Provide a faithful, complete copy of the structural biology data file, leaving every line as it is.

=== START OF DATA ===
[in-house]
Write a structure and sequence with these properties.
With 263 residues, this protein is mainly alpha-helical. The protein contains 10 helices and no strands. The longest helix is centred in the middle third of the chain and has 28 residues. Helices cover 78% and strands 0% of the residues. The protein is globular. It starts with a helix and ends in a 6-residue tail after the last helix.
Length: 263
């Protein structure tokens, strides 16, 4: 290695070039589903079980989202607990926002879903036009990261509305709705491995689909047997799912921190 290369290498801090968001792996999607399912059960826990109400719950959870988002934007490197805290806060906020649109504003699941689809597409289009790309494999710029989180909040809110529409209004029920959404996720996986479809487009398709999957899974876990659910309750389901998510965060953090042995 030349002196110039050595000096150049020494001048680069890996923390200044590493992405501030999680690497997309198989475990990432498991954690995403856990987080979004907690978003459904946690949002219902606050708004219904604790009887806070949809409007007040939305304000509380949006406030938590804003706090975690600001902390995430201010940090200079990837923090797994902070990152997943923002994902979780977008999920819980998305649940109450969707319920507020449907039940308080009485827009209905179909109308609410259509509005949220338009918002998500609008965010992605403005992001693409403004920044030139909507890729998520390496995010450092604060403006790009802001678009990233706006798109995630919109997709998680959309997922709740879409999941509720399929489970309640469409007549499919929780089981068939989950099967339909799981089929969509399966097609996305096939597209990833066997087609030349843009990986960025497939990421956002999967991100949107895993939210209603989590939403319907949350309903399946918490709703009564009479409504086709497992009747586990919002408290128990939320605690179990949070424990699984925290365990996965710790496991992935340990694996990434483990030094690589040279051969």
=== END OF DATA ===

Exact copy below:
[in-house]
Write a structure and sequence with these properties.
With 263 residues, this protein is mainly alpha-helical. The protein contains 10 helices and no strands. The longest helix is centred in the middle third of the chain and has 28 residues. Helices cover 78% and strands 0% of the residues. The protein is globular. It starts with a helix and ends in a 6-residue tail after the last helix.
Length: 263
């Protein structure tokens, strides 16, 4: 290695070039589903079980989202607990926002879903036009990261509305709705491995689909047997799912921190 290369290498801090968001792996999607399912059960826990109400719950959870988002934007490197805290806060906020649109504003699941689809597409289009790309494999710029989180909040809110529409209004029920959404996720996986479809487009398709999957899974876990659910309750389901998510965060953090042995 030349002196110039050595000096150049020494001048680069890996923390200044590493992405501030999680690497997309198989475990990432498991954690995403856990987080979004907690978003459904946690949002219902606050708004219904604790009887806070949809409007007040939305304000509380949006406030938590804003706090975690600001902390995430201010940090200079990837923090797994902070990152997943923002994902979780977008999920819980998305649940109450969707319920507020449907039940308080009485827009209905179909109308609410259509509005949220338009918002998500609008965010992605403005992001693409403004920044030139909507890729998520390496995010450092604060403006790009802001678009990233706006798109995630919109997709998680959309997922709740879409999941509720399929489970309640469409007549499919929780089981068939989950099967339909799981089929969509399966097609996305096939597209990833066997087609030349843009990986960025497939990421956002999967991100949107895993939210209603989590939403319907949350309903399946918490709703009564009479409504086709497992009747586990919002408290128990939320605690179990949070424990699984925290365990996965710790496991992935340990694996990434483990030094690589040279051969």